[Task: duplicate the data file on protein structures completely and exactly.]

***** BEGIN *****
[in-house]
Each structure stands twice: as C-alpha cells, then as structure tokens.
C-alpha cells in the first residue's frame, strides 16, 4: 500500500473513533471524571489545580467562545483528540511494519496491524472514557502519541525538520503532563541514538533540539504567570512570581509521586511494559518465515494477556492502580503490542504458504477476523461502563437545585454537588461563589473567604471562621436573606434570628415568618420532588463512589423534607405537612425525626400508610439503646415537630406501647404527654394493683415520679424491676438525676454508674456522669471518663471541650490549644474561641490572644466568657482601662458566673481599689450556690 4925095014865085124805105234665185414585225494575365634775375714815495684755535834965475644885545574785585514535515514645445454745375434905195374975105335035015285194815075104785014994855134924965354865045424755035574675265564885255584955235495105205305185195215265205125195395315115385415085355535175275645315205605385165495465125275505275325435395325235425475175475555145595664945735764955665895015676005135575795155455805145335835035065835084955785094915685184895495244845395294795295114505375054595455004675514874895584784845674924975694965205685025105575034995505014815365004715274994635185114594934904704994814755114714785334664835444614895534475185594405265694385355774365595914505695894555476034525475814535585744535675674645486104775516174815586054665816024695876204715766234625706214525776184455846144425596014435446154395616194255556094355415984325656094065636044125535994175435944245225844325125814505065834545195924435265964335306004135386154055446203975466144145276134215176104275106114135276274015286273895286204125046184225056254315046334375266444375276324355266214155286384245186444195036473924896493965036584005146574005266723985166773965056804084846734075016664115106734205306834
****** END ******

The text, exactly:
[in-house]
Each structure stands twice: as C-alpha cells, then as structure tokens.
C-alpha cells in the first residue's frame, strides 16, 4: 500500500473513533471524571489545580467562545483528540511494519496491524472514557502519541525538520503532563541514538533540539504567570512570581509521586511494559518465515494477556492502580503490542504458504477476523461502563437545585454537588461563589473567604471562621436573606434570628415568618420532588463512589423534607405537612425525626400508610439503646415537630406501647404527654394493683415520679424491676438525676454508674456522669471518663471541650490549644474561641490572644466568657482601662458566673481599689450556690 4925095014865085124805105234665185414585225494575365634775375714815495684755535834965475644885545574785585514535515514645445454745375434905195374975105335035015285194815075104785014994855134924965354865045424755035574675265564885255584955235495105205305185195215265205125195395315115385415085355535175275645315205605385165495465125275505275325435395325235425475175475555145595664945735764955665895015676005135575795155455805145335835035065835084955785094915685184895495244845395294795295114505375054595455004675514874895584784845674924975694965205685025105575034995505014815365004715274994635185114594934904704994814755114714785334664835444614895534475185594405265694385355774365595914505695894555476034525475814535585744535675674645486104775516174815586054665816024695876204715766234625706214525776184455846144425596014435446154395616194255556094355415984325656094065636044125535994175435944245225844325125814505065834545195924435265964335306004135386154055446203975466144145276134215176104275106114135276274015286273895286204125046184225056254315046334375266444375276324355266214155286384245186444195036473924896493965036584005146574005266723985166773965056804084846734075016664115106734205306834